Cryo people have the same structure as the volcanoes of the earth, but instead of molten rock they expel ammonia, methane or water that has remained frozen below the surface.
Scientists believe that volcanic activity has been present for much of the history of Ceres, the smallest of the dwarf planets in the solar system, located in the asteroid belt between the orbits of Mars and Jupiter.
These cryo-people have not had a decisive influence on the formation of the surface of the planet, such as on earth, until now it was difficult to find their traces.
In 2015, NASA & # 39; s Dawn probe, orbiting Ceres, discovered a dome shaped mountain called Mount Ahuna, which was later identified as a cryovolcano.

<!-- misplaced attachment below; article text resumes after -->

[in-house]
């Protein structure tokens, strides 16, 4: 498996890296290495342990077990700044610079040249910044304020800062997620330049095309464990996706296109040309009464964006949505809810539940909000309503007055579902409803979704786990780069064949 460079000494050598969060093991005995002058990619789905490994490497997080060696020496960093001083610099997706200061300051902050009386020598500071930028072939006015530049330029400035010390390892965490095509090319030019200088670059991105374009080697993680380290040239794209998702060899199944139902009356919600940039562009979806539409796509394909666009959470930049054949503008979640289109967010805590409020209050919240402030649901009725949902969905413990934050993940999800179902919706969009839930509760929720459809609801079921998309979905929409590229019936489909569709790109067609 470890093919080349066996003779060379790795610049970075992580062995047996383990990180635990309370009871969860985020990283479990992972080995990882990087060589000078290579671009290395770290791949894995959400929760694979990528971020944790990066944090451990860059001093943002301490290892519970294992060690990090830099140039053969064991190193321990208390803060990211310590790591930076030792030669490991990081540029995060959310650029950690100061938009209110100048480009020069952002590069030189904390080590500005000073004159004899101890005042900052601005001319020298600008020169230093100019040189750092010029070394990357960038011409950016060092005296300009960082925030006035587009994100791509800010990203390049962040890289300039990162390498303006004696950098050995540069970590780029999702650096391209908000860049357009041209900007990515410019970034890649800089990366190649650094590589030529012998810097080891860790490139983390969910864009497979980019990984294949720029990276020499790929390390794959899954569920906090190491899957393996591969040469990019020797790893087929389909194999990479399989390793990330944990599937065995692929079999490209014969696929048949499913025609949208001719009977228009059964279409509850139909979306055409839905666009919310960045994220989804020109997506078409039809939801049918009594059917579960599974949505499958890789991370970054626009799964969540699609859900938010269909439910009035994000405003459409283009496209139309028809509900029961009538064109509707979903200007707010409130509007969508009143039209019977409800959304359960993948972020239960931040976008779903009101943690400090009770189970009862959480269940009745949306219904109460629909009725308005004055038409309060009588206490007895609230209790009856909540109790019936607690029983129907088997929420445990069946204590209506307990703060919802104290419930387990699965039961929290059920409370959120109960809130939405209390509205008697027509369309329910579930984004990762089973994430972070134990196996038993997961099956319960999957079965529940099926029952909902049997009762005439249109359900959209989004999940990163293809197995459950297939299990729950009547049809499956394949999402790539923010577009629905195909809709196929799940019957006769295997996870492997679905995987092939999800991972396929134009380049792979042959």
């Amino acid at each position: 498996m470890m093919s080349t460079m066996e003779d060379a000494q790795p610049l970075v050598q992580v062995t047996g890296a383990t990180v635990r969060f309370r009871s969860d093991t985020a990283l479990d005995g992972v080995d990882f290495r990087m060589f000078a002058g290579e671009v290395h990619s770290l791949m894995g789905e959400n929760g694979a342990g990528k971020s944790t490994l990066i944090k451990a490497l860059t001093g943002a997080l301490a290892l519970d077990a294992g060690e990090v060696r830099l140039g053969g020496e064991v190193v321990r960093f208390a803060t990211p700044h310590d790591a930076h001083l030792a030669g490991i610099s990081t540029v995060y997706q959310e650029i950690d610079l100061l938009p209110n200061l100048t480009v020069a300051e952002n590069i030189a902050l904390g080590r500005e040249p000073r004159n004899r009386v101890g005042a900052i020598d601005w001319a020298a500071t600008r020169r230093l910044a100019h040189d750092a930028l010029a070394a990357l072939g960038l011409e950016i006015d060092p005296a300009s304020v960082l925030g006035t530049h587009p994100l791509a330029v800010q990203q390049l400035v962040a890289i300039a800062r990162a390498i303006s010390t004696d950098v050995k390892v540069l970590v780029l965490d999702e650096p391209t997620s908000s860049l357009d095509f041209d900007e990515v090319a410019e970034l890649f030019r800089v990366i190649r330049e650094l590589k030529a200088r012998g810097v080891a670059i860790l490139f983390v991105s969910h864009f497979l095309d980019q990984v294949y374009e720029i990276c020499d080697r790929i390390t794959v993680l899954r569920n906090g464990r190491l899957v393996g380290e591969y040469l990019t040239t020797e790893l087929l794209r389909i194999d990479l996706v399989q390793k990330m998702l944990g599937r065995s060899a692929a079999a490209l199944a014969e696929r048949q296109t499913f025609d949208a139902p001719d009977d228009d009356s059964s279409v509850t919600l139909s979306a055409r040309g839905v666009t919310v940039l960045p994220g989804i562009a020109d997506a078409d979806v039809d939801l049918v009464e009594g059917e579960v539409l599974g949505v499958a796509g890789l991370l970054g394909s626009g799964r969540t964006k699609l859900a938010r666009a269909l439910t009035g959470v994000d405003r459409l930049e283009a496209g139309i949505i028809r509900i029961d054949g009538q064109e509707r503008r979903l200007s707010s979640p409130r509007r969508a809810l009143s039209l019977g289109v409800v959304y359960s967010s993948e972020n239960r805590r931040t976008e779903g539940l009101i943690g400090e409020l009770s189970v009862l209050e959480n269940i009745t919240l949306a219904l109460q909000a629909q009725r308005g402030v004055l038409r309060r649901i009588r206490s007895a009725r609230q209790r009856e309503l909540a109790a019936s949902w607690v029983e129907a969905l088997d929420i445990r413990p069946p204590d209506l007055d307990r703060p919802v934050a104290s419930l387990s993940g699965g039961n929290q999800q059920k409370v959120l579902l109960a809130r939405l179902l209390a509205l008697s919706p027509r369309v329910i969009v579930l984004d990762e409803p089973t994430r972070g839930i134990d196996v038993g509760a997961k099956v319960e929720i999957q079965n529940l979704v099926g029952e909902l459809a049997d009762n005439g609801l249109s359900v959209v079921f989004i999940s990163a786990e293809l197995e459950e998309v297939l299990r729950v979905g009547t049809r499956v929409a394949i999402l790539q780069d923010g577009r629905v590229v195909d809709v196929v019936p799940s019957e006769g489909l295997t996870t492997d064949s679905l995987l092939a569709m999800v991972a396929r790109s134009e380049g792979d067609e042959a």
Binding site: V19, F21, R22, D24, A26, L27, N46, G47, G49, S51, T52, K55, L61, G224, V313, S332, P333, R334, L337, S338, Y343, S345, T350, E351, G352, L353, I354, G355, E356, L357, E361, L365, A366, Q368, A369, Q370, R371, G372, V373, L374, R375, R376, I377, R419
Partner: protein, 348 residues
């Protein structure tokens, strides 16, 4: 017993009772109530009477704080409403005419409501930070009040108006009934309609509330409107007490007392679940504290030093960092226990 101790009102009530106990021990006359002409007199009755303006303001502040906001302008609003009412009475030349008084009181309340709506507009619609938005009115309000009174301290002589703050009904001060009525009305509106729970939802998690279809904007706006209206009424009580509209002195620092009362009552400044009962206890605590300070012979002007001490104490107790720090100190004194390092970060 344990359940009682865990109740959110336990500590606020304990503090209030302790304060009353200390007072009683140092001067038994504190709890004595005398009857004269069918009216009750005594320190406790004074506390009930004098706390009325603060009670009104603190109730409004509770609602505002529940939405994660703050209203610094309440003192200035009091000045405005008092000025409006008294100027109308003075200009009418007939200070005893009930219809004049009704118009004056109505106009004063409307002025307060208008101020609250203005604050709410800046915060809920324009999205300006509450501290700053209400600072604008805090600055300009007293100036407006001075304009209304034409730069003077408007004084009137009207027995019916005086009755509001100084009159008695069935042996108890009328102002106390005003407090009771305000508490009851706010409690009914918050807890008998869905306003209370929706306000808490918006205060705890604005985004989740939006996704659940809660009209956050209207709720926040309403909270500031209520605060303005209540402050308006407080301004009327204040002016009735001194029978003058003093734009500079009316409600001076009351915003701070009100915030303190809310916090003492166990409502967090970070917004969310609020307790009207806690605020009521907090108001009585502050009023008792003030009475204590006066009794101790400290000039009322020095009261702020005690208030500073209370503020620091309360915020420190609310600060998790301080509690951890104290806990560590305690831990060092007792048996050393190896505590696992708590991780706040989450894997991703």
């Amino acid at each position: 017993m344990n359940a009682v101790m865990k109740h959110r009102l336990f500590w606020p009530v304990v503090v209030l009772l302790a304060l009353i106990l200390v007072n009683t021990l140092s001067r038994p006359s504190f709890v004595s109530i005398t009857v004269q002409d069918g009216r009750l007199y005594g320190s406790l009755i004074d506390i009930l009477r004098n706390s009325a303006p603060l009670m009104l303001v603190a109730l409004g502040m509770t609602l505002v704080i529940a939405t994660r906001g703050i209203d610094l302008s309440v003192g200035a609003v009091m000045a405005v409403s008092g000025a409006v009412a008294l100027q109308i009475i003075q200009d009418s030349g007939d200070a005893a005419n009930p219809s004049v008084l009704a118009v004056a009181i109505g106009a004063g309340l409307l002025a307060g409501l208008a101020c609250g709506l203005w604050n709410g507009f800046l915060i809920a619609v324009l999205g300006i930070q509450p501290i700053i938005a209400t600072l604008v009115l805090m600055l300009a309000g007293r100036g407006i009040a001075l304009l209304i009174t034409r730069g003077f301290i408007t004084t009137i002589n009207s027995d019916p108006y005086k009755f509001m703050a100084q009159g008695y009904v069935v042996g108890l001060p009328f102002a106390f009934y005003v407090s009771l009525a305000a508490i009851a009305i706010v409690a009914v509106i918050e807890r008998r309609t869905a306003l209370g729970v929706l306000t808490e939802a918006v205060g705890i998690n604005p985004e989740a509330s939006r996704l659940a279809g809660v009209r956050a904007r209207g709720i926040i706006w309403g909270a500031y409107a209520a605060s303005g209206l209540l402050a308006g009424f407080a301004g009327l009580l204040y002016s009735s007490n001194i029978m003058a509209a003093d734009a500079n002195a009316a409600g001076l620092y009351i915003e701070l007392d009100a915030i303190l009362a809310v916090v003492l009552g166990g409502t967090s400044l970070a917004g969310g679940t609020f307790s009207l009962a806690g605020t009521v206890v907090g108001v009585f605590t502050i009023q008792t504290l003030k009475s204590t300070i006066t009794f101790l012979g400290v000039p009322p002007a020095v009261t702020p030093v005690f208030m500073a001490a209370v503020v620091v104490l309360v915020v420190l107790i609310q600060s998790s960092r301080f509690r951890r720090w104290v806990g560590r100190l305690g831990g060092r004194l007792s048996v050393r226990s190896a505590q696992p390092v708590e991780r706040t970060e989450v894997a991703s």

Researchers believe that these types of formations fade with the passage of time on the surface of the dwarf planet, so that other similar volcanoes in Ceres are not directly observed.
Michael Sori and his group from the University of Arizona (United States) developed a model to understand the process of disappearance of these hills with which they could identify 22 areas on the surface of the dwarf planet, with a total diameter of about 945 kilometers. which probably was a cryovolcano.
Sori's estimates suggest that in the last billion years a volcano of ice has appeared in Ceres about every 50 million years.
The authors of the work published in Nature Astronomy also estimate that the volume of frozen material that has been driven to the surface of Ceres is between one hundred and one hundred thousand times smaller than the amount of molten rock on Earth, the Moon, Venus or Mars.